Jul 25, 2012 at 12:02pm IST

Great Olympic moments, Part 10

In the countdown to the 2012 London Olympics, we retrace some memorable achievements in the history of the Games. In part ten of our Olympic recall, a look at Usain Bolt’s and Michael Phelp’s electrifying performances at the 2008 Beijing Olympics.

2008: Bolt breaks 100m, Johnson's 200m world records

It was widely believed that Michael Johnson’s 200 meter Olympic record of 19.32 seconds, set in 1996, would be unbeatable. But in 2008, along came the electrifying Usain Bolt to break it by two hundredths of a second. A day before his 22nd birthday, the lightening-quick Jamaican clocked a world-record time of 19.30 seconds – which wasn’t even his most impressive showing at the 2008 Beijing Olympics.

Great Olympic moments, Part 10

Usain Bolt's impressive showing at the Beijing games saw him break Michael Johnson's 200m record of 19.32 seconds

In the 100m dash, Bolt lowered his own world record to 9.69 seconds, a mark that would have been even lower had he not intentionally slowed down to celebrate his impending victory as he neared the finish line. Spreading his arms and thumping his chest in celebration, Bolt irritated fans and competitors but also cemented his place as the world’s most exhilarating sprinter.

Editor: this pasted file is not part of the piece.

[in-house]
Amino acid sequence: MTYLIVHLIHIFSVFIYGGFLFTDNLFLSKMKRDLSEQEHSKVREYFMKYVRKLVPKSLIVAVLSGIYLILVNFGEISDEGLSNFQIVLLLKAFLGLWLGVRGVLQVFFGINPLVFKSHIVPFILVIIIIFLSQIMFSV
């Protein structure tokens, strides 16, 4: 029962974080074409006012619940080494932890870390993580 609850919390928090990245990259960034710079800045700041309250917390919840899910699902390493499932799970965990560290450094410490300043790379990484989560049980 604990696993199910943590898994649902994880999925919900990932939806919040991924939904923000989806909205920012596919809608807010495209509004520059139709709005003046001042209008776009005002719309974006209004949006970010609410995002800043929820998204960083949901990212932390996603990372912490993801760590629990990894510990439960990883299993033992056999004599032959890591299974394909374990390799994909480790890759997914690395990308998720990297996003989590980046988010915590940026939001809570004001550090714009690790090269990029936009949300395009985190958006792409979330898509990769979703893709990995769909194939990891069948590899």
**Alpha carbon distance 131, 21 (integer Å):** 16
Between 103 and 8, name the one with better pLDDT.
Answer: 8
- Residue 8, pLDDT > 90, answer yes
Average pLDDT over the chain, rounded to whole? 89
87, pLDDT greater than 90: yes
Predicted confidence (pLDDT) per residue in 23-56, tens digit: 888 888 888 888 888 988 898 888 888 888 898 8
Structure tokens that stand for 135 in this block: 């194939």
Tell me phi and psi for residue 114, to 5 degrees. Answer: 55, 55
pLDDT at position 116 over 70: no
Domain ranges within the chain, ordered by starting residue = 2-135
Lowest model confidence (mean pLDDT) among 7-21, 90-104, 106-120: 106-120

Bolt capped his unforgettable Games with another world record and gold medal in the 4x100 relay.

Phelps achieves his goal

Four years on from the Sydney Games, Michael Phelps attained what he set out to do – win eight Olympic gold medals. In eight days.

In Beijing, Phelps entered in five individual events and three relays. But this time he did not prophesize. His aim was to make sure he won each event he participated in. And that he did, swimming outstandingly in all distances and styles on the way to a record eight gold medals. He also broke seven world records, annihilating everyone in the pool and eclipsing Mark Spitz’s previous record of seven golds in one Olympic Games.

The 100m butterfly was the most dramatic of Phelps’ races, because before the results were flashed no one could say who had won. Finally, after what seemed like an eternity, the electronic timing appeared on the giant screens and it was confirmed that Phelps had touched the wall first, only one hundredth of a second ahead of Serbia’s Milorad Cavic.

Of the eight gold medals Phelps won, the final proved to be the most significant. During the men’s 4x100m medley relay, the American swan the third leg, the butterfly, in a rapid 50.15 seconds. That allowed his team-mate Jason Lezak a half-second lead in the fourth and final leg, the freestyle, and he finished in 46.76 seconds giving the US team a record-setting medley victory of 3:29:34.